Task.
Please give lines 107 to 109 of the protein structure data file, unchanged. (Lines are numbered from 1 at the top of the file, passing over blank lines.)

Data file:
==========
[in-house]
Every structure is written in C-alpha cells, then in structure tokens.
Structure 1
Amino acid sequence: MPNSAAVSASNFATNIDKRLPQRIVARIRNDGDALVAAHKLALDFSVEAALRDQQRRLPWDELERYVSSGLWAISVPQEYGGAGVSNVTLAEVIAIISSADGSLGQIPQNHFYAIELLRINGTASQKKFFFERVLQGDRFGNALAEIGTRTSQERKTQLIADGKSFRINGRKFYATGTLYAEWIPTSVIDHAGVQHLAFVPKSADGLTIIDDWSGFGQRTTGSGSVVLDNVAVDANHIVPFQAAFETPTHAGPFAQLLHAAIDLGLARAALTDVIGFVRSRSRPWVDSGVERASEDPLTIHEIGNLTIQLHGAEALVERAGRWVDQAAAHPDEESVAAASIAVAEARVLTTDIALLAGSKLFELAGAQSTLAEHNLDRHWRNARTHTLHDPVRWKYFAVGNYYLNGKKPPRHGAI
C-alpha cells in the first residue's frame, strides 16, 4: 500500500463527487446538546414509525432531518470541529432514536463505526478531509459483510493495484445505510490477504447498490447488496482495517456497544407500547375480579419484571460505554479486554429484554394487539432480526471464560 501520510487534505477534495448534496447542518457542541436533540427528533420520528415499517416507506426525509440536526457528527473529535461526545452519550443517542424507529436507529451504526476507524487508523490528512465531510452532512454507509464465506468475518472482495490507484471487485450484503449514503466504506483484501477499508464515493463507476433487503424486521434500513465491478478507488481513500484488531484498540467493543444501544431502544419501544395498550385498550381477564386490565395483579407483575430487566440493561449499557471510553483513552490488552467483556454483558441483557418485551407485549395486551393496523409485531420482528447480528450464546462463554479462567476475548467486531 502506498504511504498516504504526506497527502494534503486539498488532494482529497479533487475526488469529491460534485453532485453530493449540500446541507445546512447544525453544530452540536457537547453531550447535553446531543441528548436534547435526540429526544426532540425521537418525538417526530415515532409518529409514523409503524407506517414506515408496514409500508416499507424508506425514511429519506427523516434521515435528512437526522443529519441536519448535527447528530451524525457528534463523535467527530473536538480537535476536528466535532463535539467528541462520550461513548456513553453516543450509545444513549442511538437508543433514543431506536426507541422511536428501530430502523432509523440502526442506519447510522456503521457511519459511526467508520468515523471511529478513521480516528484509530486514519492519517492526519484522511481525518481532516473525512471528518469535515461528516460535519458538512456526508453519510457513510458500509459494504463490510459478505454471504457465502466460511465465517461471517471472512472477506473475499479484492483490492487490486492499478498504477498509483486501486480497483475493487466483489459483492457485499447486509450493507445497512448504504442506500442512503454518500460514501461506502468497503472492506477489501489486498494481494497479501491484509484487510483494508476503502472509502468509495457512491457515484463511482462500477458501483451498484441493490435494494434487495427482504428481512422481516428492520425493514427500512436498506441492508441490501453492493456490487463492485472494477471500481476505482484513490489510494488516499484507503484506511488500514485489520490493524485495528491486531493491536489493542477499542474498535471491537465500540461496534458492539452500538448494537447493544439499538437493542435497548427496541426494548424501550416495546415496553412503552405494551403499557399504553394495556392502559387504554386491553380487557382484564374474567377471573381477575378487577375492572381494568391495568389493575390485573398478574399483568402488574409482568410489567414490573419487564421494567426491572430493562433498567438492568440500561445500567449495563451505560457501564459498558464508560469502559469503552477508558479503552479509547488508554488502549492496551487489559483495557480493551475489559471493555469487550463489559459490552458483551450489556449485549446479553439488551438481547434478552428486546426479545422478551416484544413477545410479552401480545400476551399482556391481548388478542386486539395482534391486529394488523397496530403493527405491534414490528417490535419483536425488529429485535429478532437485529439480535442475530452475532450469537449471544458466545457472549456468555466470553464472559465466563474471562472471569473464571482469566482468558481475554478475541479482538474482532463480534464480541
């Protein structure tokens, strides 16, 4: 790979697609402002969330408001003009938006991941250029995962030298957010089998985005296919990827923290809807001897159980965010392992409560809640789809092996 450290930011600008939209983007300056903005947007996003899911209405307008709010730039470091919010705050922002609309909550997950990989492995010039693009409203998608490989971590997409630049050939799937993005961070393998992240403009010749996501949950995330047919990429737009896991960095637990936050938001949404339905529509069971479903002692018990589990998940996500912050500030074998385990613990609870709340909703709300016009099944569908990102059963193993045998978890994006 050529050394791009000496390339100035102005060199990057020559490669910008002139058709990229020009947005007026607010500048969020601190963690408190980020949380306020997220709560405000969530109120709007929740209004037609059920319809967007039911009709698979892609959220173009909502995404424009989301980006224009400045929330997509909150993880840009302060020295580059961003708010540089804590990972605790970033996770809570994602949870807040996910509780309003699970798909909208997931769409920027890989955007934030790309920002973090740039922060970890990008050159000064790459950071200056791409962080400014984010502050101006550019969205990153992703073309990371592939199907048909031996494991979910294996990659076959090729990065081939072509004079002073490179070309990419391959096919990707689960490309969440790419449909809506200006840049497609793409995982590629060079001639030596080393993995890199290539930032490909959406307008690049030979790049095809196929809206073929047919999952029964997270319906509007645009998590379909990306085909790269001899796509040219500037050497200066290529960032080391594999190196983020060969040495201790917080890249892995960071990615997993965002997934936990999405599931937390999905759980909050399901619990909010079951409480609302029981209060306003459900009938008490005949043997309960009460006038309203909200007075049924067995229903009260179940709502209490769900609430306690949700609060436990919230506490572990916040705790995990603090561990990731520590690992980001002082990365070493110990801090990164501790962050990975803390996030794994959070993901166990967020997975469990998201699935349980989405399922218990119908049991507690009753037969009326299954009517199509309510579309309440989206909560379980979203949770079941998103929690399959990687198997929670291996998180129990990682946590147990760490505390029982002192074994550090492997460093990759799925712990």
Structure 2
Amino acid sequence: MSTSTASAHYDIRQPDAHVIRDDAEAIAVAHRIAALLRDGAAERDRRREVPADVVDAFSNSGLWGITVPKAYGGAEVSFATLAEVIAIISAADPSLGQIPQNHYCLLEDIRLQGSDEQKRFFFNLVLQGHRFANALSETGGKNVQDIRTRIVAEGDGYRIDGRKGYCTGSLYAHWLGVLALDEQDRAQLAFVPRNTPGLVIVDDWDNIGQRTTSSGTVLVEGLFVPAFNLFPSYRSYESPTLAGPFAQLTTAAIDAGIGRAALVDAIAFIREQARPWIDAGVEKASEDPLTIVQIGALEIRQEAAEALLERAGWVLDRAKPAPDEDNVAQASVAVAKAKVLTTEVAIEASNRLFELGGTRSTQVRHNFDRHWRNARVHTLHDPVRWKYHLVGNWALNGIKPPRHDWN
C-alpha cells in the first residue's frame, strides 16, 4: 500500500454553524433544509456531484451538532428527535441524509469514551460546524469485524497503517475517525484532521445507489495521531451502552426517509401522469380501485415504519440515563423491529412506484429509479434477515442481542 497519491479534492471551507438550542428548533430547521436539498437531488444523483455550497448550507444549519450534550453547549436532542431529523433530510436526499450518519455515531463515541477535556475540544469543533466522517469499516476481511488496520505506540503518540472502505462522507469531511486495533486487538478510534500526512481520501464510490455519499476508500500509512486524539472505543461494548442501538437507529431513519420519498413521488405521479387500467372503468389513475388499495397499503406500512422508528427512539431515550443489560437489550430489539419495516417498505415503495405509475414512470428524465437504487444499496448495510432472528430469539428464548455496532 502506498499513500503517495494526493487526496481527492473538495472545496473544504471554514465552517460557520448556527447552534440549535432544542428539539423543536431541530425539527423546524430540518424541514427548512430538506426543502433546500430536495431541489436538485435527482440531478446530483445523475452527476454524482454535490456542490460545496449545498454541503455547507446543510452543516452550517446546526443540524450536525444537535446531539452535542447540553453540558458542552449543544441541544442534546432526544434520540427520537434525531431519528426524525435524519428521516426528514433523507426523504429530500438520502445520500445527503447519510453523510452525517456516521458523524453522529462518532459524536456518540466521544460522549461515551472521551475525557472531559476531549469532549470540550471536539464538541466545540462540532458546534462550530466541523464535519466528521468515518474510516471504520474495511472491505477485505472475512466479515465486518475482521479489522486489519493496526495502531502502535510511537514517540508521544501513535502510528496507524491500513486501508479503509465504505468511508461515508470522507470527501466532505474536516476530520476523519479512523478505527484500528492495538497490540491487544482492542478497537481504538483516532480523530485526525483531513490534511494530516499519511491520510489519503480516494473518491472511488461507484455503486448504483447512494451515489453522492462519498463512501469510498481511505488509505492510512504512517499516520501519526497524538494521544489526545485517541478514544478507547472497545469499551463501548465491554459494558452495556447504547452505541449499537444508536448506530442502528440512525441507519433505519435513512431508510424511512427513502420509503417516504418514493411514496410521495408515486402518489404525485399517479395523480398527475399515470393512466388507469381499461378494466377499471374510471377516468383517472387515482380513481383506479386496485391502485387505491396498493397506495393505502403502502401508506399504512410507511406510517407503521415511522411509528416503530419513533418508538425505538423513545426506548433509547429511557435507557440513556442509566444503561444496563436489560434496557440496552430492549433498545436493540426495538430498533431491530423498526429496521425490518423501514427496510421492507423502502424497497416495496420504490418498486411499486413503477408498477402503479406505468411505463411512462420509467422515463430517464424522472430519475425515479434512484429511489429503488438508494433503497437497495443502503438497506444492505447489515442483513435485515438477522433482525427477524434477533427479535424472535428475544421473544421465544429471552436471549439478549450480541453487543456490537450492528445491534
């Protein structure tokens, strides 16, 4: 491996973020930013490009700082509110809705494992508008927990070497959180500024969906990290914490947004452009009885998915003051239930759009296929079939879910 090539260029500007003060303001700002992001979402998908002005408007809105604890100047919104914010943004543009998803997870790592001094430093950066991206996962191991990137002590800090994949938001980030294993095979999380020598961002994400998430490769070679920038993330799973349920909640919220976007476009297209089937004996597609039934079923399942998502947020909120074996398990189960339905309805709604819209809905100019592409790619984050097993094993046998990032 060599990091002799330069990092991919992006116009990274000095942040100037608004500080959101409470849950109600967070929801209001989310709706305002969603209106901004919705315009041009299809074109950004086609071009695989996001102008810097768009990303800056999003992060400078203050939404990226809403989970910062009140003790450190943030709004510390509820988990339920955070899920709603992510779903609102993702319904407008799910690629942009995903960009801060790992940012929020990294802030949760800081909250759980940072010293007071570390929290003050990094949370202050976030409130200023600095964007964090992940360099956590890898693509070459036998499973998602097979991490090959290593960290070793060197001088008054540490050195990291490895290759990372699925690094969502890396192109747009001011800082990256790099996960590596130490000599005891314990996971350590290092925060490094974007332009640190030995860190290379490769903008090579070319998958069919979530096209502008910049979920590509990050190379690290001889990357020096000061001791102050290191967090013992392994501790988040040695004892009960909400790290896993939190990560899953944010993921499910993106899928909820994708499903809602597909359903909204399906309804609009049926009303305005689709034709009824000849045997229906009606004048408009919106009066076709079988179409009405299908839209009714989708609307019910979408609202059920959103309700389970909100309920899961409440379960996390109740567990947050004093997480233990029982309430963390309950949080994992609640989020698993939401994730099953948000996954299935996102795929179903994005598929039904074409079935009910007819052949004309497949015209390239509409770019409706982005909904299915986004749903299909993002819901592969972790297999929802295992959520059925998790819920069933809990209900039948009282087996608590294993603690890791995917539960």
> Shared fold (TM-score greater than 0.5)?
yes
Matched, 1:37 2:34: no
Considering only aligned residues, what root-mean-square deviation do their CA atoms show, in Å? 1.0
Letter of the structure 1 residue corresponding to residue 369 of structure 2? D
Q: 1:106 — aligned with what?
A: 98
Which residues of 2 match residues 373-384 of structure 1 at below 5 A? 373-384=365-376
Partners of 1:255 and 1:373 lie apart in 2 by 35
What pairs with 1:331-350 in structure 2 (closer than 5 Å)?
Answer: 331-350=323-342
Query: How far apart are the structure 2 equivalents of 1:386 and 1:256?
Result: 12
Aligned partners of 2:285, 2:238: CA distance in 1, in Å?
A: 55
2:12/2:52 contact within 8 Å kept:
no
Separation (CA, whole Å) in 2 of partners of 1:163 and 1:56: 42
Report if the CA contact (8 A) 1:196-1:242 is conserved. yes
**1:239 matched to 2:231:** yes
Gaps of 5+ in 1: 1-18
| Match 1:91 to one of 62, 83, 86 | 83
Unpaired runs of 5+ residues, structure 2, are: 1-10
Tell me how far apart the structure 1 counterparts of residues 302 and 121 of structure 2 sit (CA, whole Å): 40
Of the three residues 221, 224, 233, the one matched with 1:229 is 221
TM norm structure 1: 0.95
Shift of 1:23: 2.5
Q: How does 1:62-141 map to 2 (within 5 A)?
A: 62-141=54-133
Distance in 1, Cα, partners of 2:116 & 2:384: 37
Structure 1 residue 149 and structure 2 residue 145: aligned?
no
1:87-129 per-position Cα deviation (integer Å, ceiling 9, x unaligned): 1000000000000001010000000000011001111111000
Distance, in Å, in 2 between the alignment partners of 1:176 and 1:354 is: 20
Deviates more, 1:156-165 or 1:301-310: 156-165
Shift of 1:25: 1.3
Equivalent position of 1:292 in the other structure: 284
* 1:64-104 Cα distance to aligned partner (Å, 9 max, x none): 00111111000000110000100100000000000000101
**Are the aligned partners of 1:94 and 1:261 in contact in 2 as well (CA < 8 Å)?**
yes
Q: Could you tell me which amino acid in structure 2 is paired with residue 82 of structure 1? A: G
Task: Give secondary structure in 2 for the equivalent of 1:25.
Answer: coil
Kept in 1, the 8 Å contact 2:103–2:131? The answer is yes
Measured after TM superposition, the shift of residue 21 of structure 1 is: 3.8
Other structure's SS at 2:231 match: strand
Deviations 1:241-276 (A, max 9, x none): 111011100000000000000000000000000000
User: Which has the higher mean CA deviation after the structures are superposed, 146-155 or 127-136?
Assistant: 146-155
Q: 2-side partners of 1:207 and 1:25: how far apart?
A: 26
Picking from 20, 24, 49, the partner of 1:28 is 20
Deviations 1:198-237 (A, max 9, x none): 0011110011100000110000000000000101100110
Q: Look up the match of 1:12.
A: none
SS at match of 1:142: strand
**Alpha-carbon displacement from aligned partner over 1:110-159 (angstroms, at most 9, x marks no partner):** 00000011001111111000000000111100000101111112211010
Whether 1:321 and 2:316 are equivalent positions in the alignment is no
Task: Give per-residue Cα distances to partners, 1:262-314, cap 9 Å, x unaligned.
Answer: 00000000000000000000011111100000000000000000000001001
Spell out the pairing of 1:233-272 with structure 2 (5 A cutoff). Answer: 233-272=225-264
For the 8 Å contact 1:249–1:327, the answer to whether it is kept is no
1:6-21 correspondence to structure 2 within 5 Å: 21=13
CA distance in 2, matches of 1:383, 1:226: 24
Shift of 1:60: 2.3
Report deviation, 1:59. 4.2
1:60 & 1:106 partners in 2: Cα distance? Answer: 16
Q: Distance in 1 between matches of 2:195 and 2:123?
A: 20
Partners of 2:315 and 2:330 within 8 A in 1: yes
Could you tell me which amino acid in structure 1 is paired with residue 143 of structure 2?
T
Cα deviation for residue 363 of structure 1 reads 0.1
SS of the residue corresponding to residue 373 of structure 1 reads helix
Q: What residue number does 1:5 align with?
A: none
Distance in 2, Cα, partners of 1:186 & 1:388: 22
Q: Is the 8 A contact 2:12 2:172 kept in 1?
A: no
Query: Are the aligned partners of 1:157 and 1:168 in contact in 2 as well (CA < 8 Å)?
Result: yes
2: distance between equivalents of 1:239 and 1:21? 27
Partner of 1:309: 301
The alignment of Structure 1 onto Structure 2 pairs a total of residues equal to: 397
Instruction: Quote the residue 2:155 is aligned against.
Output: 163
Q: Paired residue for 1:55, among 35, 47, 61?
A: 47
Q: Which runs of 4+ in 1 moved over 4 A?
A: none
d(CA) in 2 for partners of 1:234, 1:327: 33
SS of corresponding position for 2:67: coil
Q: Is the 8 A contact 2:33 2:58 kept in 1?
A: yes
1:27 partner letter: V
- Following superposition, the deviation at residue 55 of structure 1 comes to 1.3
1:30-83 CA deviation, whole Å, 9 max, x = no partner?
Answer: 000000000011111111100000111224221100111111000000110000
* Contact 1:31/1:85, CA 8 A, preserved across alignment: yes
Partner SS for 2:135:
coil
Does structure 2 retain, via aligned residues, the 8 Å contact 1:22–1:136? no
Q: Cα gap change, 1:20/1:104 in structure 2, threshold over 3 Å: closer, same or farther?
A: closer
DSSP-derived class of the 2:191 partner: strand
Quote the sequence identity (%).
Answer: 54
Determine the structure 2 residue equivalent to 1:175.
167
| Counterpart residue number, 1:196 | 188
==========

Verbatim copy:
1:30-83 CA deviation, whole Å, 9 max, x = no partner?
Answer: 000000000011111111100000111224221100111111000000110000
* Contact 1:31/1:85, CA 8 A, preserved across alignment: yes